Interdisciplinary research and the Research Excellence Framework
15 October 2018
No doubt everyone is eagerly contemplating the REF Guidance on Submissions and Panel Criteria, which are currently under consultation. These documents include details of the new measures in place to support the submission and assessment of interdisciplinary research (IDR). I hope IDAP (the Interdisciplinary Advisory Panel, which I chair) has been able to make good progress in establishing processes which act to ensure IDR is properly assessed, thereby encouraging the community – and the HEI leaders making decisions about submissions – that there is no risk in submitting outputs of this type. Our key aim in IDAP in providing this advice has been to give greater confidence to institutions and to researchers alike that IDR will be treated fairly, thereby encouraging its submission.
Here I would like to spell out our proposals for IDR assessment as set out within the guidance and criteria, in particular the definition of IDR and guidance on the assessment criteria.
IDAP advised on a number of measures to achieve fair assessment: building IDR expertise into the panel structures at all levels; developing an IDR advisory network and collaborative working practices; and giving greater guidance to institutions and panels respectively on identifying and assessing IDR outputs. A key requirement was agreeing a definition of IDR for the REF to guide institutions when to flag outputs as IDR. This definition is now set out in the draft guidance and is repeated here:
For the purposes of the REF, interdisciplinary research is understood to achieve outcomes (including new approaches) that could not be achieved within the framework of a single discipline. Interdisciplinary research features significant interaction between two or more disciplines and / or moves beyond established disciplinary foundations in applying or integrating research approaches from other disciplines.
While developing a definition of IDR for the purposes of the REF was a challenging task (as I always knew it would be as soon as I was invited to take on the role of Chair), in view of the multiple and diverse ways in which this term is used and understood by different communities, we felt that an explicit definition would best enable the IDR flag to be used. Our approach has been to develop a definition which is REF- specific, broad and encompassing; emphasising disciplinary interaction within the research, without narrowly defining what or how this is achieved.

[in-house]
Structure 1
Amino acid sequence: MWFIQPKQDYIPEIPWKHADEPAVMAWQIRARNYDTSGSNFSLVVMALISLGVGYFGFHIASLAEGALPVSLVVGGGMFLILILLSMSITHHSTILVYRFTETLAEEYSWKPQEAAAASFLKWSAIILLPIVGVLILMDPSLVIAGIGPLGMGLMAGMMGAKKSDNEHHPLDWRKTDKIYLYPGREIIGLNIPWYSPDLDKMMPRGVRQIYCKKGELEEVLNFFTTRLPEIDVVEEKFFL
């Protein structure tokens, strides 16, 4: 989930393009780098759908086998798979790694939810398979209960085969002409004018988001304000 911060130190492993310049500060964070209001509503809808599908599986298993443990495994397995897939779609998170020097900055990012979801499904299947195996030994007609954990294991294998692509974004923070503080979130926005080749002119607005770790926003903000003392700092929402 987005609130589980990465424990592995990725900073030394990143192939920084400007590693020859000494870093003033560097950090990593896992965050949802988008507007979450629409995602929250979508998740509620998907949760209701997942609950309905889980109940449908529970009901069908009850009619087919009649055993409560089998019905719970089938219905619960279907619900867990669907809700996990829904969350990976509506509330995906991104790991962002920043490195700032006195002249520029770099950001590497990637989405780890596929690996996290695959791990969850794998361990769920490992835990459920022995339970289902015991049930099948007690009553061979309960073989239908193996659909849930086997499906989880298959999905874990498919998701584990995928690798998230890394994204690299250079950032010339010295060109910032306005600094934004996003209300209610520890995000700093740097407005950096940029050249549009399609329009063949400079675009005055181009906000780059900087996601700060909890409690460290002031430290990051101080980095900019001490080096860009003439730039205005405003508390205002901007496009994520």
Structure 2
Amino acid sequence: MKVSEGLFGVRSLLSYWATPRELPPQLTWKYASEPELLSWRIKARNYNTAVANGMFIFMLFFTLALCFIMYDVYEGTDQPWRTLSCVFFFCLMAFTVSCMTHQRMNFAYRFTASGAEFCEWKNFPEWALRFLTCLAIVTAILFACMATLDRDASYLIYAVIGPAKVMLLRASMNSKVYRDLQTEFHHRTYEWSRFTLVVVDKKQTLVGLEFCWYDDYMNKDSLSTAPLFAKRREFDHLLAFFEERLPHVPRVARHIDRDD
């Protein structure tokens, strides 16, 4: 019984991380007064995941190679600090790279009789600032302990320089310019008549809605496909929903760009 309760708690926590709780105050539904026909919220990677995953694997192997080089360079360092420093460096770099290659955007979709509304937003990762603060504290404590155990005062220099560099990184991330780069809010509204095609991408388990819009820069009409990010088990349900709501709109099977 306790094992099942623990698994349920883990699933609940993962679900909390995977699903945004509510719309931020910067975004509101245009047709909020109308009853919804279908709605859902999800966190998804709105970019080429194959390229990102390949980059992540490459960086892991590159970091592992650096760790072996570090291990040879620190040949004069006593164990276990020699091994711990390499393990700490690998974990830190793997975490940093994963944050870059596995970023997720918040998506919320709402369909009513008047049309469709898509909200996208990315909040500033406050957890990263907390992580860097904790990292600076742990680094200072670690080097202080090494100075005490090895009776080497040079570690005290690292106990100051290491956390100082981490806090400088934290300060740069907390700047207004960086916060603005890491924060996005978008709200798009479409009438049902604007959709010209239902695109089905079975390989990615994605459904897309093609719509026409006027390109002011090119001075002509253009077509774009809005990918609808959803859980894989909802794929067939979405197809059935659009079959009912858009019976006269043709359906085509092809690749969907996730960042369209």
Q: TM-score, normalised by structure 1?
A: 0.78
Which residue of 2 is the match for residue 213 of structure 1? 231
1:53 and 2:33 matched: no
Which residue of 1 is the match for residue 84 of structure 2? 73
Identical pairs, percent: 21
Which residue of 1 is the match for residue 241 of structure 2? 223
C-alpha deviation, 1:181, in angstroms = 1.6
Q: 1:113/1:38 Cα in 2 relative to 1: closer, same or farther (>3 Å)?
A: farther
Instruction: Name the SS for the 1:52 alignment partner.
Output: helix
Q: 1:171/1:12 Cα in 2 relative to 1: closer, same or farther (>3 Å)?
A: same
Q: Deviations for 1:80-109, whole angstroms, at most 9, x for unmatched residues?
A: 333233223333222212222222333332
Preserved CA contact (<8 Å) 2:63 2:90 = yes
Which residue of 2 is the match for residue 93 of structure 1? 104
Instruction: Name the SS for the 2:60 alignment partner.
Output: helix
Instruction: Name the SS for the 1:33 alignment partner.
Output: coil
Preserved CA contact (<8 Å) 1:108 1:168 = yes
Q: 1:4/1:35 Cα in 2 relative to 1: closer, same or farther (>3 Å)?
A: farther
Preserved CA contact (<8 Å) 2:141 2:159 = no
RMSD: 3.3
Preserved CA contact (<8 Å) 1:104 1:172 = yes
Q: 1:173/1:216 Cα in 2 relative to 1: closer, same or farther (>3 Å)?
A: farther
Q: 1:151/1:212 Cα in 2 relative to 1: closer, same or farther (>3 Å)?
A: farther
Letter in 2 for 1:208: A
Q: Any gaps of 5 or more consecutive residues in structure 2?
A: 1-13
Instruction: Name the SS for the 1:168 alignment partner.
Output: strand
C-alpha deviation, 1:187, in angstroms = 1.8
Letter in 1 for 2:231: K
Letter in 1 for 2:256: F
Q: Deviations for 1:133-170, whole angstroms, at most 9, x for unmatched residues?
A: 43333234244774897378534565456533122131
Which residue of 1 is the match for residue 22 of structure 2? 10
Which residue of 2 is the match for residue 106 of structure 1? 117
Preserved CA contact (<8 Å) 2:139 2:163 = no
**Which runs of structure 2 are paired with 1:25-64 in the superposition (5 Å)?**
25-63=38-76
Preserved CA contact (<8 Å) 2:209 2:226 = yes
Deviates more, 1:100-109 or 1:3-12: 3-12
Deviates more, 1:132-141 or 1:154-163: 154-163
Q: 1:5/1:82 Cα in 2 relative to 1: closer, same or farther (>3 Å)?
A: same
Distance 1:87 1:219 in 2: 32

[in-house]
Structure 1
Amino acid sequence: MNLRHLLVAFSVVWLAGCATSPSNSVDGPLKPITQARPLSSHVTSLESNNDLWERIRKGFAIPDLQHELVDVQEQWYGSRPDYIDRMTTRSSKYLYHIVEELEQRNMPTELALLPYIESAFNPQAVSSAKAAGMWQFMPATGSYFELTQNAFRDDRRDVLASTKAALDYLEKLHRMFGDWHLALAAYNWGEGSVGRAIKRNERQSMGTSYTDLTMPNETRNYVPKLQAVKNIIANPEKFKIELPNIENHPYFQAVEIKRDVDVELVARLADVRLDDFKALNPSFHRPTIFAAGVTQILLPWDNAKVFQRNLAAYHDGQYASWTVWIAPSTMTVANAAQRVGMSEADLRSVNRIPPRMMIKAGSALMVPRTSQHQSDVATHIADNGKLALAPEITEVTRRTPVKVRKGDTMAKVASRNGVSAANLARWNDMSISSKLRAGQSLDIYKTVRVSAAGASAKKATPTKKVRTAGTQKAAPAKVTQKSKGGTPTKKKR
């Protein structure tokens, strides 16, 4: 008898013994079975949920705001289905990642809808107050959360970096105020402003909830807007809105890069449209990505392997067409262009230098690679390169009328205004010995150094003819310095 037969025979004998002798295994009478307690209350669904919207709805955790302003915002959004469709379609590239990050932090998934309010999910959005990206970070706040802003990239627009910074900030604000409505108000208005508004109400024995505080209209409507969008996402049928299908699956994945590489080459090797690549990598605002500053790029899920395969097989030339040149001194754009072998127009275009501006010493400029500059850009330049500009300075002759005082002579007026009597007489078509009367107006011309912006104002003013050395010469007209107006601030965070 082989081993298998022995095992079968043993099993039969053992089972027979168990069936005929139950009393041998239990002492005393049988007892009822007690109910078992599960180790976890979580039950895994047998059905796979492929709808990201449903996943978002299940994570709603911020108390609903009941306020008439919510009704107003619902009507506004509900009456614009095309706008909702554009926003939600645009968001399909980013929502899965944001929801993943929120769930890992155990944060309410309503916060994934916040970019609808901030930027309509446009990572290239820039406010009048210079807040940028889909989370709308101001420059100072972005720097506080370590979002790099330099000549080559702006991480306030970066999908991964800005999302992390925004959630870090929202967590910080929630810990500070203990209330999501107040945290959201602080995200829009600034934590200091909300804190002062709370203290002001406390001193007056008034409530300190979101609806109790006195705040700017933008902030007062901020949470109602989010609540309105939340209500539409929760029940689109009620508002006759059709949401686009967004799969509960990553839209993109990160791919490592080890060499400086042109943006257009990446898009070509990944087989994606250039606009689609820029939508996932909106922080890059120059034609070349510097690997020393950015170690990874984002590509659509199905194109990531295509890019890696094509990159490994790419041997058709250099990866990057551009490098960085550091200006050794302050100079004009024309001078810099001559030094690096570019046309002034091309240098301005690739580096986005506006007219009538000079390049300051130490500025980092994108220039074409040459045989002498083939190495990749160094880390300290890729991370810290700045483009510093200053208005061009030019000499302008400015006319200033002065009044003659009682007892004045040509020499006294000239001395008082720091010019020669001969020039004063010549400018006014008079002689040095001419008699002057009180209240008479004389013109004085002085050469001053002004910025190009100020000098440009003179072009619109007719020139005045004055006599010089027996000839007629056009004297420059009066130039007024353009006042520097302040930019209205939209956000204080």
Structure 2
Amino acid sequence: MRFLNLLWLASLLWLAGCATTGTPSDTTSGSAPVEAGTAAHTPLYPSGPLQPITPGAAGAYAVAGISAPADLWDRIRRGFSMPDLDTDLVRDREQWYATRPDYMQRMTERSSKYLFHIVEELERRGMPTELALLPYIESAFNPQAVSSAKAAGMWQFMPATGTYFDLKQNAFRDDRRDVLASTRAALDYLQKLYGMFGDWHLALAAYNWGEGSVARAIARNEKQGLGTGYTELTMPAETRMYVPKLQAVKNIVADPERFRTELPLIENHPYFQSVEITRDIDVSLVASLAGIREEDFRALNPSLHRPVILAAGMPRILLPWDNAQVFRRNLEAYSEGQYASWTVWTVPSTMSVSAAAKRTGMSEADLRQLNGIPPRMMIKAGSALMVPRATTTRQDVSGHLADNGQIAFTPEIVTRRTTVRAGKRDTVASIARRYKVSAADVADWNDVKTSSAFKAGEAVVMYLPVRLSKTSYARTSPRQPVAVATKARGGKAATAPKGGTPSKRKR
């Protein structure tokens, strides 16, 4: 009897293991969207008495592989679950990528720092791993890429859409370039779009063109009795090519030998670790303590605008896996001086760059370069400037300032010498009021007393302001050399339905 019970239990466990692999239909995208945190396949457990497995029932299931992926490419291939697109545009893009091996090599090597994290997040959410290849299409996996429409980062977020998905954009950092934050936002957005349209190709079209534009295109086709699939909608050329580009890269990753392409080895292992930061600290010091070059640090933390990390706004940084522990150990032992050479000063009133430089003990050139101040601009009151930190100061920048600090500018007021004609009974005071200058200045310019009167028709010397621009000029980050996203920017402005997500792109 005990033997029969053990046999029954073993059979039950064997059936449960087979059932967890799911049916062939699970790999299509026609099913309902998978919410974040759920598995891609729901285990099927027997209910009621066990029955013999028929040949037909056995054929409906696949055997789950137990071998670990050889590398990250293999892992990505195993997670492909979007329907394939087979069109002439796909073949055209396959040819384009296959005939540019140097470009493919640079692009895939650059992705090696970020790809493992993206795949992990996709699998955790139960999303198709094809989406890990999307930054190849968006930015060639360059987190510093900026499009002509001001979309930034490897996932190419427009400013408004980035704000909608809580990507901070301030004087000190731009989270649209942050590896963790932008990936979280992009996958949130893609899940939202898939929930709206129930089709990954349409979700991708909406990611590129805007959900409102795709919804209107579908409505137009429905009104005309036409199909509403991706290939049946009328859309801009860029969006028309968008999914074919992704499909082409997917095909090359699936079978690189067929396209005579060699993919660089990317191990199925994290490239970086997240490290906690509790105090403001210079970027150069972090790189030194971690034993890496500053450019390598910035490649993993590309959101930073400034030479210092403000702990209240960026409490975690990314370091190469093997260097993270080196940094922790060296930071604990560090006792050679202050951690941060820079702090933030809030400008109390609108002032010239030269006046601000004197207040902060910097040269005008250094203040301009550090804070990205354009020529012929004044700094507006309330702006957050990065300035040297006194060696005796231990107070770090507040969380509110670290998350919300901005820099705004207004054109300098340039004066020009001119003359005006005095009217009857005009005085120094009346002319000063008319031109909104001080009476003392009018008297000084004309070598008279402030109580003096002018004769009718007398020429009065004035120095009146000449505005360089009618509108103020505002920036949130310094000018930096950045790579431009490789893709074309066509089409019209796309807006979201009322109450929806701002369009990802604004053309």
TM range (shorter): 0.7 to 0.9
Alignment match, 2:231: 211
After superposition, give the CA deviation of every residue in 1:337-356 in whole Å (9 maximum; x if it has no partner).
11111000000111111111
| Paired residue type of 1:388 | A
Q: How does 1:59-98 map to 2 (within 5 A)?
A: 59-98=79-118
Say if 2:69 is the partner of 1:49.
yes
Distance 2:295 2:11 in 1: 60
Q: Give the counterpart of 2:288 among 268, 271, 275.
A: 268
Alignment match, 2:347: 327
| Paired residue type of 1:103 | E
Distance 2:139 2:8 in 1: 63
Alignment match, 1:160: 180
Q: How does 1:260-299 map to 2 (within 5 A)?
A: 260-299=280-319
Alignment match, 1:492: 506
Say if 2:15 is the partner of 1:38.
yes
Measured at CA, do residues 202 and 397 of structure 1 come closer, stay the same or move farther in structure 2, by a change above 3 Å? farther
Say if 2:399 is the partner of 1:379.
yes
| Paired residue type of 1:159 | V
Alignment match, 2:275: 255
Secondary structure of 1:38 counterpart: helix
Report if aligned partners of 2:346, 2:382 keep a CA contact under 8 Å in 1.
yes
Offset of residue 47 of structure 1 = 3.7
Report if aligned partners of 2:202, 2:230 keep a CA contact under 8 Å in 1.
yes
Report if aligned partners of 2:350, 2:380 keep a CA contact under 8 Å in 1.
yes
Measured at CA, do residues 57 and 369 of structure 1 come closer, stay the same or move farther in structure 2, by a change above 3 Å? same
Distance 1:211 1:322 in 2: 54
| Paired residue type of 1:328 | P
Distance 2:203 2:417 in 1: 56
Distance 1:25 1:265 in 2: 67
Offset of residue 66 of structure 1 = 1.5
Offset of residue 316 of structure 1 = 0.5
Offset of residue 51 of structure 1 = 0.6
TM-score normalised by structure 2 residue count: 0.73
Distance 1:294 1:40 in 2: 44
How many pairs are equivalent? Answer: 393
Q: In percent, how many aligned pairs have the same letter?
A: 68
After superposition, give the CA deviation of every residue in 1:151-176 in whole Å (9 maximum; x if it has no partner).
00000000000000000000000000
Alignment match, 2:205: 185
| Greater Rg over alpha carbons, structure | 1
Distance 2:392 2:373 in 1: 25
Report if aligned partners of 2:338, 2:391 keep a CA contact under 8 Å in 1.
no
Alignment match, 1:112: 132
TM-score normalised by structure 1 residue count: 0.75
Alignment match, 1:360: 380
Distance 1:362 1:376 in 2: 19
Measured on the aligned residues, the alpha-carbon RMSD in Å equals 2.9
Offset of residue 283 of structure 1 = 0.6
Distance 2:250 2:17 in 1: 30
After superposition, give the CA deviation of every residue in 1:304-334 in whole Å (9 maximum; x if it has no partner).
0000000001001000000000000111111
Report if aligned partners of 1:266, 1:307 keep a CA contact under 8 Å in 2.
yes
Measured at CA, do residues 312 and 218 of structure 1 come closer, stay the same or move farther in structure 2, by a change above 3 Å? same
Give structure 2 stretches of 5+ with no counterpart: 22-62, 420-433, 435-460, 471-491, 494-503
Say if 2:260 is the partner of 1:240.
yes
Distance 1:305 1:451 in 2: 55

One key point it’s important to underline, however, is the distinction between flagging an output as IDR, and the process for cross-referring outputs to other sub-panels for advice. Flagging an output as IDR will bring that output within the oversight of the sub-panel’s IDR advisers, who will take a key role in advising the sub-panel on the most appropriate assessment approach for the output. Cross-referral will operate as in the last REF.
Another key measure we felt would give greater confidence about IDR assessment in the REF is the provision of additional guidance on how the assessment criteria for outputs (originality, significance and rigour) should be applied for IDR outputs. There were challenges in setting meaningful guidelines for the generic criteria, without overly singling out or indicating different assessment standards for one category of research to achieve over others. However, we consider that the guidance set out strikes this balance, and gives a clear message that originality and significance can be identified in one or more aspects of the IDR output, and / or in the outcomes of the integration of different disciplines, even where some of the individual discipline input is more routine. This, to my mind, is crucial. How often – at grant-giving panels for instance – does one hear the charge ‘but part of this research is not cutting-edge’ levelled against IDR, a criticism which then condemns the application to failure. It is crucial that we recognise that the synergy of different strands may be wholly novel and exciting, even if some of the ingredients are not.
We are keen to understand if the measures as set out will achieve our aim of increasing HEIs’ confidence to submit IDR outputs in REF 2021 and, if not, what further steps we can take. The consultation is open until 15th October, and we welcome your comments.